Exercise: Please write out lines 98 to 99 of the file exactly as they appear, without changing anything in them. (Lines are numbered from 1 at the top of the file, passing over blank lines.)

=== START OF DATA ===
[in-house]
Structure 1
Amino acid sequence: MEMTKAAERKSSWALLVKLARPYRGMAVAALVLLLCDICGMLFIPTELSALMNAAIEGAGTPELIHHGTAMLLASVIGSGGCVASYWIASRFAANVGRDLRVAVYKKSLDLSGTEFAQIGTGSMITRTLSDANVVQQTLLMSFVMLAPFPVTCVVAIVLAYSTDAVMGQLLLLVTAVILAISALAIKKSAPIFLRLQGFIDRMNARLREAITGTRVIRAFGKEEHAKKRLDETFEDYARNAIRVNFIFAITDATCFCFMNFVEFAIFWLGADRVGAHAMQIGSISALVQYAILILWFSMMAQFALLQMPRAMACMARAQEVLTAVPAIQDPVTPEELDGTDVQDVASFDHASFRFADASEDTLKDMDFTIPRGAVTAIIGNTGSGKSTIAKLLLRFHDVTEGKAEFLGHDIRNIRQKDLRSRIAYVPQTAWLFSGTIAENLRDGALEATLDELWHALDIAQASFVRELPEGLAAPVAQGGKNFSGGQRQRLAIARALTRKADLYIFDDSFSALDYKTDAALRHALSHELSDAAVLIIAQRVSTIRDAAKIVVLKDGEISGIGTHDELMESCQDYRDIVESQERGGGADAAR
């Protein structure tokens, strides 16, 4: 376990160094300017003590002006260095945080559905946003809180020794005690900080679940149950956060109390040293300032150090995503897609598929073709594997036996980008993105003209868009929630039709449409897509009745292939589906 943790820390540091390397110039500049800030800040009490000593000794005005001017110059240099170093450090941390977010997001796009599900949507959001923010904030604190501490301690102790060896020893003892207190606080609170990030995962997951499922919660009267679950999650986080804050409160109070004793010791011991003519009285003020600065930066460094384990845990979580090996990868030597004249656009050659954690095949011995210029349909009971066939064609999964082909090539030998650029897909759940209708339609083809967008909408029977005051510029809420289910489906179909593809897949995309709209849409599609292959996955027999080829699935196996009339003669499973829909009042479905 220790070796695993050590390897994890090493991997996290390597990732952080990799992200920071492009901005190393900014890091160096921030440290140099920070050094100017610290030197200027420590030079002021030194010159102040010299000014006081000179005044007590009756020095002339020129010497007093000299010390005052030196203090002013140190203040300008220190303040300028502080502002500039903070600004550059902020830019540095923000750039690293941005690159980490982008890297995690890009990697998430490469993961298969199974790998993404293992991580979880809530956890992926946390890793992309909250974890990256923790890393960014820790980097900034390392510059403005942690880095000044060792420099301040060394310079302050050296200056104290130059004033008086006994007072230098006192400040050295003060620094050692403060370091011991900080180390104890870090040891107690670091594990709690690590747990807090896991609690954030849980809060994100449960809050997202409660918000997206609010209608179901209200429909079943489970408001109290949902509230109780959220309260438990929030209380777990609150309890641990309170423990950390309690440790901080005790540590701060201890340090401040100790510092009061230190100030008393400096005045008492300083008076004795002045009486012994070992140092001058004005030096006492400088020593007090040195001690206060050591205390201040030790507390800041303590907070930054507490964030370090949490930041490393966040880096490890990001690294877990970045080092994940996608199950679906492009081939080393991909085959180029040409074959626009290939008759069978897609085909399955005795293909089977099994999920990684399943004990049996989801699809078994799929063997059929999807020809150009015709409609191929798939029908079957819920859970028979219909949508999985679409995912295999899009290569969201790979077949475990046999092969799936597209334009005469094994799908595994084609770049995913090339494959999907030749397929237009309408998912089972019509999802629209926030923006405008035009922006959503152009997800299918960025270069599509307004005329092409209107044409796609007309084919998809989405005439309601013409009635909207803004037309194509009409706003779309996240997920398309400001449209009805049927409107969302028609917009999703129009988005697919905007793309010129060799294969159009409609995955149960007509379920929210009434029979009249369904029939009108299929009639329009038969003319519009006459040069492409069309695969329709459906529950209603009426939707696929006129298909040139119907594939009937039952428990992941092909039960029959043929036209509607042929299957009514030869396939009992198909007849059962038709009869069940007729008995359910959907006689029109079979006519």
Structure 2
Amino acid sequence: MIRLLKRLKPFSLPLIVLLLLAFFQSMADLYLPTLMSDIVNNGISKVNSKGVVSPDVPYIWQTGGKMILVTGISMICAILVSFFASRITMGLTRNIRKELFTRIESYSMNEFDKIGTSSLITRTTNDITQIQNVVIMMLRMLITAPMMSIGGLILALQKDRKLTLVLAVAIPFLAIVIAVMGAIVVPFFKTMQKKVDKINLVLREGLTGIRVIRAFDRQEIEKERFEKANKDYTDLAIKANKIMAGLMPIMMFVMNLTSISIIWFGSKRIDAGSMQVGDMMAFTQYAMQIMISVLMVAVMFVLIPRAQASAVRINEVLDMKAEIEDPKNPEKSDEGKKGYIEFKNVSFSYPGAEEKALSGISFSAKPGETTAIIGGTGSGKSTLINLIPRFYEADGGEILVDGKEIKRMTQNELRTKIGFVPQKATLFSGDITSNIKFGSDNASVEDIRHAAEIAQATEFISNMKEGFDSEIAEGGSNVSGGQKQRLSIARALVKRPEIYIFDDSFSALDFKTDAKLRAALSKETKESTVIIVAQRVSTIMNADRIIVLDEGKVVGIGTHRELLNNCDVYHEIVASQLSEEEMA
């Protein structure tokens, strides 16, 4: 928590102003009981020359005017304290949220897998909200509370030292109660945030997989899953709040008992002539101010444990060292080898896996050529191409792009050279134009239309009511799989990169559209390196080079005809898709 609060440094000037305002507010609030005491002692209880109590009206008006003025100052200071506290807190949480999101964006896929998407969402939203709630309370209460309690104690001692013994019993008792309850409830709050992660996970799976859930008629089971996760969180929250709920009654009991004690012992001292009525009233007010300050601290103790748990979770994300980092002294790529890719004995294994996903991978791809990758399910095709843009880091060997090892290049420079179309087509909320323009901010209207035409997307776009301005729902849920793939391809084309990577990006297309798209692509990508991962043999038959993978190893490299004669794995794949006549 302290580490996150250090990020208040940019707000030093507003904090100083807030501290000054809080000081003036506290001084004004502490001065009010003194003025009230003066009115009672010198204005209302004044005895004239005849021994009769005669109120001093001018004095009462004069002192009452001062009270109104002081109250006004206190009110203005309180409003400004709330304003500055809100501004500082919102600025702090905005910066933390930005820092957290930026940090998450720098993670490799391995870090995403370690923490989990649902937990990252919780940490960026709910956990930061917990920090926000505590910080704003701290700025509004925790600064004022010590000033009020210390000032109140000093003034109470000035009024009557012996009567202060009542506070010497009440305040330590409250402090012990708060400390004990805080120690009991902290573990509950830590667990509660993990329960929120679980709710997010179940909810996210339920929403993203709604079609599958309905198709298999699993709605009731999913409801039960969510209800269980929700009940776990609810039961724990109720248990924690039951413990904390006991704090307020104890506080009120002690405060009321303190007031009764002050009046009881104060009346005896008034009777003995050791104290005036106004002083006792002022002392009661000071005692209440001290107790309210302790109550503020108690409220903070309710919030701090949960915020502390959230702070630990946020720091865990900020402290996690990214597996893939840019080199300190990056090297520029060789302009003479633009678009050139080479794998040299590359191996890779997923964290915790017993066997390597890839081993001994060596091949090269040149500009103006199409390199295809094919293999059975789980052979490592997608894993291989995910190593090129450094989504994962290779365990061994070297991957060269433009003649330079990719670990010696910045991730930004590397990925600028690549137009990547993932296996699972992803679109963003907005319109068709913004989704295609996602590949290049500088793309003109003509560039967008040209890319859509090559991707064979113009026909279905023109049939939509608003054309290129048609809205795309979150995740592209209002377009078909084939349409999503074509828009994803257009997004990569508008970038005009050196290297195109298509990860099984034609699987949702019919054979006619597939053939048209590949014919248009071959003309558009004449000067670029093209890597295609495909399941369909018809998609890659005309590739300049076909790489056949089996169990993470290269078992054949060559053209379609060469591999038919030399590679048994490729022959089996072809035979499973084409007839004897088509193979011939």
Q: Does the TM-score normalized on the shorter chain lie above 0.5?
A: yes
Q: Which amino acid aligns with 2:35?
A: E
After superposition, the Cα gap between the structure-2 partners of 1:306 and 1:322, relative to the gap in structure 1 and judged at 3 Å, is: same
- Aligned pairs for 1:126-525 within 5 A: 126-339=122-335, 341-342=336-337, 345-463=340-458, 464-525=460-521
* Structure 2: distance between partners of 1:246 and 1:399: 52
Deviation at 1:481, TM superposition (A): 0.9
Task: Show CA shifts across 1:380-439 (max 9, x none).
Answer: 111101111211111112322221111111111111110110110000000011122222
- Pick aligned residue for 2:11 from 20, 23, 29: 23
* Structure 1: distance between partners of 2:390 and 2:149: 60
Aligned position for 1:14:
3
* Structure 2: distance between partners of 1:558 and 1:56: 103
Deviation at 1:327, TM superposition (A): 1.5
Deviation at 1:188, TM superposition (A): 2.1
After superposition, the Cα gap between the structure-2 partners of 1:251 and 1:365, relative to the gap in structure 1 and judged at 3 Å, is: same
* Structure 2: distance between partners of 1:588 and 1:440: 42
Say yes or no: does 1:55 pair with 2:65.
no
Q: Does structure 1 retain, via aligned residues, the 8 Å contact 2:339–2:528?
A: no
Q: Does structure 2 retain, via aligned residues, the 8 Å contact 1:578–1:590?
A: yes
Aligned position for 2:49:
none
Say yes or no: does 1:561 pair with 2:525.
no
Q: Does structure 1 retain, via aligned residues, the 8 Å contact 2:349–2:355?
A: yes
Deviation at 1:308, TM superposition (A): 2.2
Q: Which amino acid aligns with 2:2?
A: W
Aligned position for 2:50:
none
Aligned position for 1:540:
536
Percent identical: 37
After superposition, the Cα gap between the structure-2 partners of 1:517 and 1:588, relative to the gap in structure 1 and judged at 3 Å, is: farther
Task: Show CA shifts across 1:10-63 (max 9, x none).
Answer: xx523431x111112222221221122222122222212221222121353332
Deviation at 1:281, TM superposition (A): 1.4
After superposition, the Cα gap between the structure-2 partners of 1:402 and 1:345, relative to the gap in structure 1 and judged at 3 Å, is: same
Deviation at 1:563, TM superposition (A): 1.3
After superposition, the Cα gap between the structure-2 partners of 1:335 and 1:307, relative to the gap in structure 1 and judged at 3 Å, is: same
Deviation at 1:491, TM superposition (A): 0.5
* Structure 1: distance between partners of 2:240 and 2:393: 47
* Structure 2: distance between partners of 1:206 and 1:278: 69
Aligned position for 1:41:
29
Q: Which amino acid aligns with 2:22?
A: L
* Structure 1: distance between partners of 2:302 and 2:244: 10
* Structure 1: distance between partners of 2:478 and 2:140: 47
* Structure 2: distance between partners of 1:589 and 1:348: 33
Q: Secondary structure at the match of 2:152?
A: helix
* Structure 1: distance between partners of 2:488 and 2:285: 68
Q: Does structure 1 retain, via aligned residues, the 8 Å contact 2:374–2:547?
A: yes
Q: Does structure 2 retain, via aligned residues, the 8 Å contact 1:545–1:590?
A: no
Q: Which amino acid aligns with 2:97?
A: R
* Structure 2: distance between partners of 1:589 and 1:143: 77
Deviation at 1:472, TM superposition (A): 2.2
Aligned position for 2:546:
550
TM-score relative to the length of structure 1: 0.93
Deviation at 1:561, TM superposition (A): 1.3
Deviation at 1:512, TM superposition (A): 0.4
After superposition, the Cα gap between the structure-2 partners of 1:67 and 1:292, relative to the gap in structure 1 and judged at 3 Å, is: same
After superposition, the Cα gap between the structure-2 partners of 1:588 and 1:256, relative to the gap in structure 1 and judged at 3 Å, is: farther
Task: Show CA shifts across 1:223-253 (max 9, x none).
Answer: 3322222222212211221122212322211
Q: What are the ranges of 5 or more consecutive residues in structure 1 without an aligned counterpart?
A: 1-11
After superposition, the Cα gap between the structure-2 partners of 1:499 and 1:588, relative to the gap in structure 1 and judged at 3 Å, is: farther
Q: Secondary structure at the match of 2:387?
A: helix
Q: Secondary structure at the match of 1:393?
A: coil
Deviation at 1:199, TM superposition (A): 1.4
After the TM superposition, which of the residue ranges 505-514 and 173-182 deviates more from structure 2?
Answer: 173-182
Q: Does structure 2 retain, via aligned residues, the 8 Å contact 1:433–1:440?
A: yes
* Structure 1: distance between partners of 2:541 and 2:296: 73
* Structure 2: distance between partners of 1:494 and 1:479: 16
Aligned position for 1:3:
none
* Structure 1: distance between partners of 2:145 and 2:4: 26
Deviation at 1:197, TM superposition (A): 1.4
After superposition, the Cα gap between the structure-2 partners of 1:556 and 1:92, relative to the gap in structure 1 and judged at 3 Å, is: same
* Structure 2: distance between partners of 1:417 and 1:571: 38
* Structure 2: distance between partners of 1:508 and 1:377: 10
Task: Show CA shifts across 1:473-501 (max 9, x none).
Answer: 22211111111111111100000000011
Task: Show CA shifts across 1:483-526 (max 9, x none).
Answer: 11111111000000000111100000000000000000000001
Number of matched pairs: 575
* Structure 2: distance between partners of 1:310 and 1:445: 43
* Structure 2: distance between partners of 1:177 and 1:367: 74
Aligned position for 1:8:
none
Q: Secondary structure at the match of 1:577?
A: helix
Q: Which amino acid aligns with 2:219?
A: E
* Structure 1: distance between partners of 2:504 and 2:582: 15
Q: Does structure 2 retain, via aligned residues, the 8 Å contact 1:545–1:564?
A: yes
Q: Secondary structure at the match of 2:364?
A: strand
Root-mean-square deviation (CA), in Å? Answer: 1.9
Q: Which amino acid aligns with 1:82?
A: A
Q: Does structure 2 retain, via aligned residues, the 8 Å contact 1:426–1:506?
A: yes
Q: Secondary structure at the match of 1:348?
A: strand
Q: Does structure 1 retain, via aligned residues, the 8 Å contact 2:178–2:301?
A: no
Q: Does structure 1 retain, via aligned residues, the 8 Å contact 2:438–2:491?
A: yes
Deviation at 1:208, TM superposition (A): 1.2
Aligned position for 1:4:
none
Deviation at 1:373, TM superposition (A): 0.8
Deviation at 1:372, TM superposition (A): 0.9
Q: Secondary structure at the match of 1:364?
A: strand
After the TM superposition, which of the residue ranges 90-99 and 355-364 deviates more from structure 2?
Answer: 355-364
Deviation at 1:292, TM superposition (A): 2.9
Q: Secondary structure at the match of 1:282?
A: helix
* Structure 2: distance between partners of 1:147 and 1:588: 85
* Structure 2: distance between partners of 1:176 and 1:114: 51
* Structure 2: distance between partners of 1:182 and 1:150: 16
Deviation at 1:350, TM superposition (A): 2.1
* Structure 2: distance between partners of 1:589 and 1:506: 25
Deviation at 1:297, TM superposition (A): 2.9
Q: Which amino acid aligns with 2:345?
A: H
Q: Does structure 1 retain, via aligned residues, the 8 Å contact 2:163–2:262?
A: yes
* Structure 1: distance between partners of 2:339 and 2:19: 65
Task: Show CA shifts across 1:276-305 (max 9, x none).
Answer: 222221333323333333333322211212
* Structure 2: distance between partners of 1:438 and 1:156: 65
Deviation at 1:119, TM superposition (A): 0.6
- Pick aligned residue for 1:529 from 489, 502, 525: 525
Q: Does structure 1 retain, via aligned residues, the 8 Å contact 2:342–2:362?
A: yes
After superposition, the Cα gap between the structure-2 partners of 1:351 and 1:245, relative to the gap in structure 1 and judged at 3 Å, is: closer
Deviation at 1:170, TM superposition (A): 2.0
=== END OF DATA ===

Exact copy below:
Aligned position for 1:3:
none